Thursday, 4 February 2010

Open Rights Group campaign

The Open Rights Group have a campaign against the Intercept Modernisation Programme. I reproduce a 'model' letter that they suggest you can use to write to your MP. It sums up the issues neatly.

I am writing to express my concern at the proposed Intercept Modernisation Programme. I understand this may contain plans to collect details of who I send emails to and the people I contact via Facebook and other social networking sites.

I understand that there are also discussions around centralising all internet traffic data in a series of databases accessible by the government, thereby gaining permanent easy access to the data being held by Internet Service Providers.

I believe this is likely to be an expensive waste of time, and a gross invasion of citizens’ privacy. There will be serious risks if a large number of civil servants can access extremely personal information, such as who someone contacts by email or Facebook message. Although I presume there would continue to be legal barriers, in practice we all know that it is possible, once information is made accessible, for information to be wrongly accessed, distributed or lost.

I am also convinced that any serious criminal or terrorist will not use normal email or social networking sites to plan and communicate about their activities. Collection of information will, however, make it much more routine to use anonymisation and encryption technologies to hide their activities. This will mean the proposals will make it harder, not easier, to get evidence.

At the same time, It is possible that legitimate protesters and campaigners will use normal electronic communications, which puts these people carrying out legal activities at risk of abuse.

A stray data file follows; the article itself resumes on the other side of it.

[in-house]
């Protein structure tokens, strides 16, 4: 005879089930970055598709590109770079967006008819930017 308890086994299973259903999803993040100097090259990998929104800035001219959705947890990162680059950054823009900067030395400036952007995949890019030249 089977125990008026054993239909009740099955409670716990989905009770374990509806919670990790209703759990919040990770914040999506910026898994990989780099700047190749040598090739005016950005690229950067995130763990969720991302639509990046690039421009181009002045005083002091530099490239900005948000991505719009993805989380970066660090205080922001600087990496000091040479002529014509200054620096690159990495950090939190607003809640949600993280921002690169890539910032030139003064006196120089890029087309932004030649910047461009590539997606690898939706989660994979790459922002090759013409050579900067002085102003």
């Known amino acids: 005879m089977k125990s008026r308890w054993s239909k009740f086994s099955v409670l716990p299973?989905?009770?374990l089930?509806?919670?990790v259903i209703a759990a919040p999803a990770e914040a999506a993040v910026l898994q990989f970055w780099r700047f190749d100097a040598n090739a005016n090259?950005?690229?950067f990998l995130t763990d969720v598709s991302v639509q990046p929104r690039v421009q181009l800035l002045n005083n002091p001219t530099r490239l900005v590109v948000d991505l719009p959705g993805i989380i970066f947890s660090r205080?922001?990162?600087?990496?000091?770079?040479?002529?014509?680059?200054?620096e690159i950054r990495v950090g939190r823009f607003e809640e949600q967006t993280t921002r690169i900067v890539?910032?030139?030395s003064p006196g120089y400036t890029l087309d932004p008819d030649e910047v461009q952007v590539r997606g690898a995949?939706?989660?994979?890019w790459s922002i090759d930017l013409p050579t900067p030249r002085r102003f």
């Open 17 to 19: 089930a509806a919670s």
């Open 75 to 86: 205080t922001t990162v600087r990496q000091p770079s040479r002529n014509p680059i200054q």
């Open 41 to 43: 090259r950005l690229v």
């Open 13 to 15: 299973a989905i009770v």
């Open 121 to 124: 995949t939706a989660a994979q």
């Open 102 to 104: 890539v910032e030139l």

I am also concerned about the possibility that such information will be analysed for suspicious patterns, in processes called ‘data mining’. This would put many innocent people under scrutiny. As Bruce Schneier, the renowned security expert says:

“Terrorist plots are different … attacks are very rare. This means that even very accurate systems will be so flooded with false alarms that they will be useless: millions of false alarms for every one real attack, even assuming unrealistically accurate systems.”See here.

Fundamentally, ‘traffic data’ is an integral and private part of any communication, as the European Court of Human Rights has already agreed. Collecting it, storing it and analysing it must be done only to address very serious concerns of public safety, targeted at individuals, not in order to carry out mass surveillance.

I urge you to bring these concerns to the light of the Home Secretary.

1 comment:

Will Dwinnell said...

I think that there are two distinct issues here: First, who has access to what data, and Second, What they can do with it. In my opinion, the bulwark of privacy must be built when answering the first question.

To be clear, "data mining" is a sophisticated statistical analysis of data, not data collection itself. I argue that Schneier's assertions regarding data mining are faulty. See, for instance:

Data Mining and Terrorism... Counterpoint